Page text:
Examples of the violation of the right to access to housing and the right to freedom of movement and residence through forced removals that involved gross violations of human rights include:
2. The destruction of the Crossroads satellite camps and KTC, which resulted in over sixty deaths. (See brief description above at pages 12-13.)
3. The removal of people to Sahlumbe and Onverwacht. The residents of Sahlumbe were given tents and instructed to build their own houses. There were no latrines, and water was obtained from the distant Tugela river. The settlement of Onverwacht consisted of 100,000 people in 1981. There was only one medical clinic, one police station, one supermarket, and nineteen schools that served approximately 20,000 students.
4. The forced removal of the Bakubung people. Some were arrested and tortured as a direct result of their resistance. Thus violations of the Bakubung people's right to housing, freedom of movement and residence were implemented through the use of killing, abduction and torture.
5. The destruction of Langa, including the detention of community leaders as well as those who resisted removal, similarly constitutes a gross violation of human rights involving the right to access to adequate housing.
6. The killing of Saul Mkhize in Driefontein, as part of the resistance to forced removal of this "black spot." Mr. Mkhize was killed because of his leadership role in the resistance to the forced removal. In other words, it was his advocacy for the right to access to adequate housing and freedom of choice of residence for his community that resulted in his killing.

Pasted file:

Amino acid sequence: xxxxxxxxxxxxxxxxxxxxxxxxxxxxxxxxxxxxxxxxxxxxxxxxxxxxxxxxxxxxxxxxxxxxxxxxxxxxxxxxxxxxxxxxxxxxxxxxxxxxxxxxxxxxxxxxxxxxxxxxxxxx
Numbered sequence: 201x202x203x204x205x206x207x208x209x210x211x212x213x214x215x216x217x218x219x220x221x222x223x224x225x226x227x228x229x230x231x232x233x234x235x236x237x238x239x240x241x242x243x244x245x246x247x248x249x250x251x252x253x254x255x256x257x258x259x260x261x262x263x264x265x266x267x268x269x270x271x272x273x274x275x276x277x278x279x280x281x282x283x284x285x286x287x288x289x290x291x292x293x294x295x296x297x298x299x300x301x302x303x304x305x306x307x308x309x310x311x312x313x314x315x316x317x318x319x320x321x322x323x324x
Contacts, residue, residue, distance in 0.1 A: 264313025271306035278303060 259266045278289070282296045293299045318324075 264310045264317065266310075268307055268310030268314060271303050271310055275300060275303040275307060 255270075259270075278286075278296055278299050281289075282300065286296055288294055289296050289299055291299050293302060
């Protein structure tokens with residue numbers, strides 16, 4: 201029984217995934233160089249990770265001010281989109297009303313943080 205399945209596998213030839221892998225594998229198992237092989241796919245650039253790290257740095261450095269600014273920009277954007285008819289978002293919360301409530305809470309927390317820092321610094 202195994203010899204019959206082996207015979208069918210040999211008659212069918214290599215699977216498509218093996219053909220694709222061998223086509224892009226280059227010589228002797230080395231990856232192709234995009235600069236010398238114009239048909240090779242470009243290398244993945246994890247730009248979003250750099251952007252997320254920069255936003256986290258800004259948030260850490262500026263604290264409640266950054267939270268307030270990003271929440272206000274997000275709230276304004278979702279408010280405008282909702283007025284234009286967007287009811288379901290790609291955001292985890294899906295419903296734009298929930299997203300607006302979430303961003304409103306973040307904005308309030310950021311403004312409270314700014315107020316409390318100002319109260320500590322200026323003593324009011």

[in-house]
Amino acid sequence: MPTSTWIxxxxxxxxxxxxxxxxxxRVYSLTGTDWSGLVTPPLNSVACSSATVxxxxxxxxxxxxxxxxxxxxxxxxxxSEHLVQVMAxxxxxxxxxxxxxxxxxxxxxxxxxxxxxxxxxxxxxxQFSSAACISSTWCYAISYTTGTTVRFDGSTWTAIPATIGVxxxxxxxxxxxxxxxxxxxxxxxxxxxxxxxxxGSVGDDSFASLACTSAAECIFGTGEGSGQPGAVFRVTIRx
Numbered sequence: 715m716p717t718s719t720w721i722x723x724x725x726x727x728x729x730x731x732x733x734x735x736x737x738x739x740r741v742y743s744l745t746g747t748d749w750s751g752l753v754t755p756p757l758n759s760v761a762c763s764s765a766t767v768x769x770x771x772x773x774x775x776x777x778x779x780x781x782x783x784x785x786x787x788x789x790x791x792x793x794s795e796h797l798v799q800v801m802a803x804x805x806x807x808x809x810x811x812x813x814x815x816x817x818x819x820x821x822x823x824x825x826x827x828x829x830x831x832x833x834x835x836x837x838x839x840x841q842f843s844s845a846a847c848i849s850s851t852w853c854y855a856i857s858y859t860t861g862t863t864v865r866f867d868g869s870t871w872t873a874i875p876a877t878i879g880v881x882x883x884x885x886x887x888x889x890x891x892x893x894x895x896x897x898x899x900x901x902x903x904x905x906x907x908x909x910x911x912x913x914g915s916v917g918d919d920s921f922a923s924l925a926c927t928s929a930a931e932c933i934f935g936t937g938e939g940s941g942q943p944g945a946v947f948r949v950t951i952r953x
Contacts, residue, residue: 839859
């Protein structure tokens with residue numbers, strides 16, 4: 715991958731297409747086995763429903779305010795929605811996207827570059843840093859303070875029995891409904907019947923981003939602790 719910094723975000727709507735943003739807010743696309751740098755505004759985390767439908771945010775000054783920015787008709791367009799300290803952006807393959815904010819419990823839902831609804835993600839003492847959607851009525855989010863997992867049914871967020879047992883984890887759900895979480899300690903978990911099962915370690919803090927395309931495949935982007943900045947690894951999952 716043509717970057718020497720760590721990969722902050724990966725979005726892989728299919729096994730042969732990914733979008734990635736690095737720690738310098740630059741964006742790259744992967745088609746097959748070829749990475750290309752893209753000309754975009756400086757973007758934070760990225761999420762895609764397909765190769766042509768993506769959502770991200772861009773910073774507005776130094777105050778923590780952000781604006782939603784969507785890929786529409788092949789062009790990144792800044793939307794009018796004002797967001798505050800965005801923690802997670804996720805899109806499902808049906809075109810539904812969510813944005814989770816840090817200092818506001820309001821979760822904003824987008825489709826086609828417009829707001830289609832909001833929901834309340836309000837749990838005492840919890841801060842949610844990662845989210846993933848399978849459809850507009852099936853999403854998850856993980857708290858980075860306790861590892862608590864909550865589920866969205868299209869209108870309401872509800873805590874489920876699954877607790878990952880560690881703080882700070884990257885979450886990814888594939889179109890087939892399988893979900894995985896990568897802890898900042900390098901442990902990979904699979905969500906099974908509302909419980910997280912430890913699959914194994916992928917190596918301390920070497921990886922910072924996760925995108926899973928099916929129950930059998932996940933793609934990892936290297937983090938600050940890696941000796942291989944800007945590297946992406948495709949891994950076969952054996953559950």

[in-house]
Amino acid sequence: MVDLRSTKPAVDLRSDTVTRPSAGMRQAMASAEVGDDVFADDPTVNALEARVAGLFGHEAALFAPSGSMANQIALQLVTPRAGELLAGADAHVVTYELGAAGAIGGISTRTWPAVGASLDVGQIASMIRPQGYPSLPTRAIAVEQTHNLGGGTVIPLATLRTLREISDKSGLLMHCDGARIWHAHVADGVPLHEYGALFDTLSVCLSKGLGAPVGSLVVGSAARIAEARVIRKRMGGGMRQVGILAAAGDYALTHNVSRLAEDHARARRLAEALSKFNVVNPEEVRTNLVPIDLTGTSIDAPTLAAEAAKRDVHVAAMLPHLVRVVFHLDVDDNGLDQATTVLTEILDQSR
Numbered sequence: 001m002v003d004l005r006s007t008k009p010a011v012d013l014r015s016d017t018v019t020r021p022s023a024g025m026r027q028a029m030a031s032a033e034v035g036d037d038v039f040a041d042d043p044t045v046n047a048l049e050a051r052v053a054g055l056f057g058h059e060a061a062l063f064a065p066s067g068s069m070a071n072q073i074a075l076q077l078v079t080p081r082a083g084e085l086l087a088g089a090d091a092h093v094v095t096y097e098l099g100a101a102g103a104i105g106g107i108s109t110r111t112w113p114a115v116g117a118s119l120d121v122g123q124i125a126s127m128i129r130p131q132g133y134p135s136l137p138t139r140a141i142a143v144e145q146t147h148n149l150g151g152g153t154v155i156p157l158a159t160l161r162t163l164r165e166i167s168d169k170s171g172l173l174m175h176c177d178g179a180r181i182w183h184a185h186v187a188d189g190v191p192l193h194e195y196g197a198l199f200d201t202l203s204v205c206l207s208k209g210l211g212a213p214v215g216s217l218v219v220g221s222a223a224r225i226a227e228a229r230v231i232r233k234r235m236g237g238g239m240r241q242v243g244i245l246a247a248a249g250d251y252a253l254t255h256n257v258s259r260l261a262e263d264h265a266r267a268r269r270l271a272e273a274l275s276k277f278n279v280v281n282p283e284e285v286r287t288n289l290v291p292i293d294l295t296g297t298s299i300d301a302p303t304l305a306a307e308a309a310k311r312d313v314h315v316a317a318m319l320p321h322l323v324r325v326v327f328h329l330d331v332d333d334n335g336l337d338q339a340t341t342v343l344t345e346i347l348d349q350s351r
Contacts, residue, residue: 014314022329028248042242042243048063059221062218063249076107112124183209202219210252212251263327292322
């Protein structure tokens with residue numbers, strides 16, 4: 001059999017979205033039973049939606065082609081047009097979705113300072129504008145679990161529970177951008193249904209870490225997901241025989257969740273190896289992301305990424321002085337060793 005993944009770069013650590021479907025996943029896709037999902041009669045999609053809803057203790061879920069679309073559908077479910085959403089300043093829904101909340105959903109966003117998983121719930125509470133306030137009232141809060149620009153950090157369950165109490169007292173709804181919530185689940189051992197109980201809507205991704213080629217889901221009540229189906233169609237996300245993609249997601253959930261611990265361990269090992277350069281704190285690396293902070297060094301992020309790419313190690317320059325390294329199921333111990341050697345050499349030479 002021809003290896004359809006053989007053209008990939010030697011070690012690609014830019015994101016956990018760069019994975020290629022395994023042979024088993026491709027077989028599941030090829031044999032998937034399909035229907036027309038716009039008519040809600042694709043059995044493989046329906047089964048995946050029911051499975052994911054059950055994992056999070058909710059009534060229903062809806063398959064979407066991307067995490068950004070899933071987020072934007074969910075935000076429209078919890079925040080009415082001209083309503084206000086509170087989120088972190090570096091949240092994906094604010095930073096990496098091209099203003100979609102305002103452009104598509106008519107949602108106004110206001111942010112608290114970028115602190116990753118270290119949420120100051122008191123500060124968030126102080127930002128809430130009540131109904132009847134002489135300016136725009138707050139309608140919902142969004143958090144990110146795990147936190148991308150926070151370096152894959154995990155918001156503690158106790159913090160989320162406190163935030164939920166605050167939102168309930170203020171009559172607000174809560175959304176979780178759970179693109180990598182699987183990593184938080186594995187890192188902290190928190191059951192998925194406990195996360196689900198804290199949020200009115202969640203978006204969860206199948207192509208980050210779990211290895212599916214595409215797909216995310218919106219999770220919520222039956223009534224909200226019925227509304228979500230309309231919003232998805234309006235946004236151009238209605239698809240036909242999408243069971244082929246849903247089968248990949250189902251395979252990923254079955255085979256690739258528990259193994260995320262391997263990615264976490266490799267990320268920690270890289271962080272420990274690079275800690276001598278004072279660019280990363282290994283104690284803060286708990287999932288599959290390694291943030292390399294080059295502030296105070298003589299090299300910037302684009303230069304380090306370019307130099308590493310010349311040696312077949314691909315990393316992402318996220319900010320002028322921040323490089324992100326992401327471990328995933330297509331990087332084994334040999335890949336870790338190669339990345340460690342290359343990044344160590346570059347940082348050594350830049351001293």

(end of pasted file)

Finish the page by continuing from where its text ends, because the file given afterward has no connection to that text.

7. Similar violations can be found in the treatment of the people of the following communities: Mfengu, Moutse, Braklaagte, Leeufontein, District Six, Pageview, and Fordsburg.
These are examples not only of gross violations themselves, but also of crucial parts of the antecedents, causes and context of a wide range of gross violations that occurred during the relevant period. By focusing on some of these violations, and by underscoring the connection between them and the right to housing, the Commission will assist us in understanding the violations of the past and better prepare us for preventing such violations in the future.
Health Care -- The right to adequate health care is entrenched in the Constitution, the African Charter, and the International Bill of Rights. The most obvious examples of the violation of this right concern the lack of medical attention provided to those in the government's custody. The deliberate failure to provide medical attention to those who had been tortured or severely ill-treated illustrates the intersection between the right to adequate health care and gross violations of human rights. The case of Steve Biko is only one prominent example of many such occurrences. The death of doctors, such as Neil Aggett and Fabian Ribeiro, raise issues regarding the right to health similar to those that the killing of the student leader raised for the right to education. The deliberate refusal of an ambulance legally reserved for white people to stop and provide medical attention to a black patient constitutes severe ill-treatment. We realize that the medical profession is in the process of preparing a submission to the Commission on its role during the apartheid years, so we direct the attention of the Commission to that submission for a more thorough discussion of the types of issues raised by the acts and omissions of that profession.